Block quotes are handled with the snugshade environment defined by the framed package. The following code puts blockquotes into a frame with a coloured background, and adds an enormous “ at the left hand side.

\newfontfamily\quotefont[Ligatures=TeX]{Linux Libertine O}

% Command for the open quotes
\newcommand*{\openquote}{\tikz[remember picture,overlay,xshift=-15pt,yshift=-13pt]
     \node (OQ) {\quotefont\fontsize{60}{60}\selectfont``};\kern0pt}

% Wrap everything in its own environment

This results in the following (only the left hand side shown):

Note that to use this, you have to use the shadequote environment, instead of the standard quote environment.

Dual print/PDF use

Using the etoolbox package, it’s easy to set-up variables and use them in control structures as you would with any other computer language (TeX can do this out the box, but rather less easily). I’ve used this to handle the two types of documents that I want to output; the print version with its uneven margins and black references, and the PDF version with its colourful links and equal margins. This is done by adding the line:


to any document before the preamble.tex file is included. This in turn sets up a boolean variable, as follows:



Later lines set-up the hyperref package. If using this, be sure to delete all auxillary files created by LaTeX between changes to \newcommand{\ispdfversion}{true}.

Example and Algorithm theorem styles

Theorem styles are a great way to make your document more intelligible, and easier on the eyes. I use two particular types that I’ve added to the preamble file; Example and Algorithm. Both are created using the thmtools package.

  spaceabove = 15pt, spacebelow=15pt,  % Space above and below the entire example
  headfont   = \sffamily\bfseries,  % Head font
  headformat = $\blacktriangledown$ \NAME~\NUMBER\NOTE\vspace{-3mm}, % LaTeX for the header; \NAME, \NUMBER and \NOTE supplied by thmtools, be careful with spacing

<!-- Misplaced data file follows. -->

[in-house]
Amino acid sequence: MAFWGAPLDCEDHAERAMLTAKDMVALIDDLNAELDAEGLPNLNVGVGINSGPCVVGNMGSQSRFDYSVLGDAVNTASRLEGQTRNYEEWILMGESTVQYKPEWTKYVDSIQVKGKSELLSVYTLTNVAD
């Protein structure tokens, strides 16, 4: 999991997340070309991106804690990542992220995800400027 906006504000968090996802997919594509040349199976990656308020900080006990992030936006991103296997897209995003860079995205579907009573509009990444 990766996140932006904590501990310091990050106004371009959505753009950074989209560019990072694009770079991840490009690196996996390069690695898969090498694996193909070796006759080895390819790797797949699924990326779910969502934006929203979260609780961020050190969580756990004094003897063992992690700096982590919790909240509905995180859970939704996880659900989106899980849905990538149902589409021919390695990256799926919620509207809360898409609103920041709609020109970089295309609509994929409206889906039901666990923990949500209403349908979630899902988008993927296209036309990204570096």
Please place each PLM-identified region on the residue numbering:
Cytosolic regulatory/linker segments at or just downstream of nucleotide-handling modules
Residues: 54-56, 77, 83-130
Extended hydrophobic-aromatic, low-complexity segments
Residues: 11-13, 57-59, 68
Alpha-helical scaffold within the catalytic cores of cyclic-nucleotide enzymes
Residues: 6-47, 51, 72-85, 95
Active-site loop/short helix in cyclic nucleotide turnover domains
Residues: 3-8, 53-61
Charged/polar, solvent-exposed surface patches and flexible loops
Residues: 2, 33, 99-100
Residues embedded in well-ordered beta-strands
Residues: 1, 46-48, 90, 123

headpunct  = \newline\exrule\newline,    % Punctuation after the head
  notefont   = \itshape,           % Font of the note (example name in this case)
  notebraces = {--- }{},           % Braces before and after note; again be careful with spaces.
  bodyfont   = \leftskip=2em \rightskip=2em \itshape \rmfamily \linespread{1.05}, % Body font and formatting
  preheadhook   = \Needspace*{4\baselineskip},  % Hook before the head; using needspace to ensure the head of the example is not on a separate page to its body.
  postheadspace = 0pt,              % Space after the head; we want none as we have a new line already
  prefoothook   = \ifhmode \hspace*{\fill}\newline \else \vspace{-5mm} \fi \exrule  % Hook for LaTeX code before the foot of the example (the space below it). If we are in horizontal mode, add a new line, otherwise just draw the ruled line. This makes 90% of the examples require no manual spacing.
\declaretheorem[style=examplestyle, numberwithin=section]{example}

Above is the code for the Example style, Algorithm is set up in the same way. Here, we tell LaTeX to divide the number (and name if it has one) from the body of the example and set the body in italics. There are two other important features: firstly, the preheadhook option uses the needspace package to ensure that the title is not separated from the body by a page-break; secondly the prefoothook adds in a horizontal line after the body. When it does this, it checks to see whether TeX is in horizontal mode (i.e. immediately after an image or displayed math) and adds space accordingly. This mitigates 95% of spacing problems. When created, examples look like this:

I won’t cover Algorithm too but it is created in exactly the same way, and looks like this:

The box extends all the way around the body of the theorem style. One problem that remains unresolved is centering the whole thing in the page.

The file is on github and heavily commented; the geometry and headings satisfy the University of Birmingham’s requirements for thesis formatting. There is also an example PDF file to show the features of preamble.tex in use.

© Matthew Badger 2014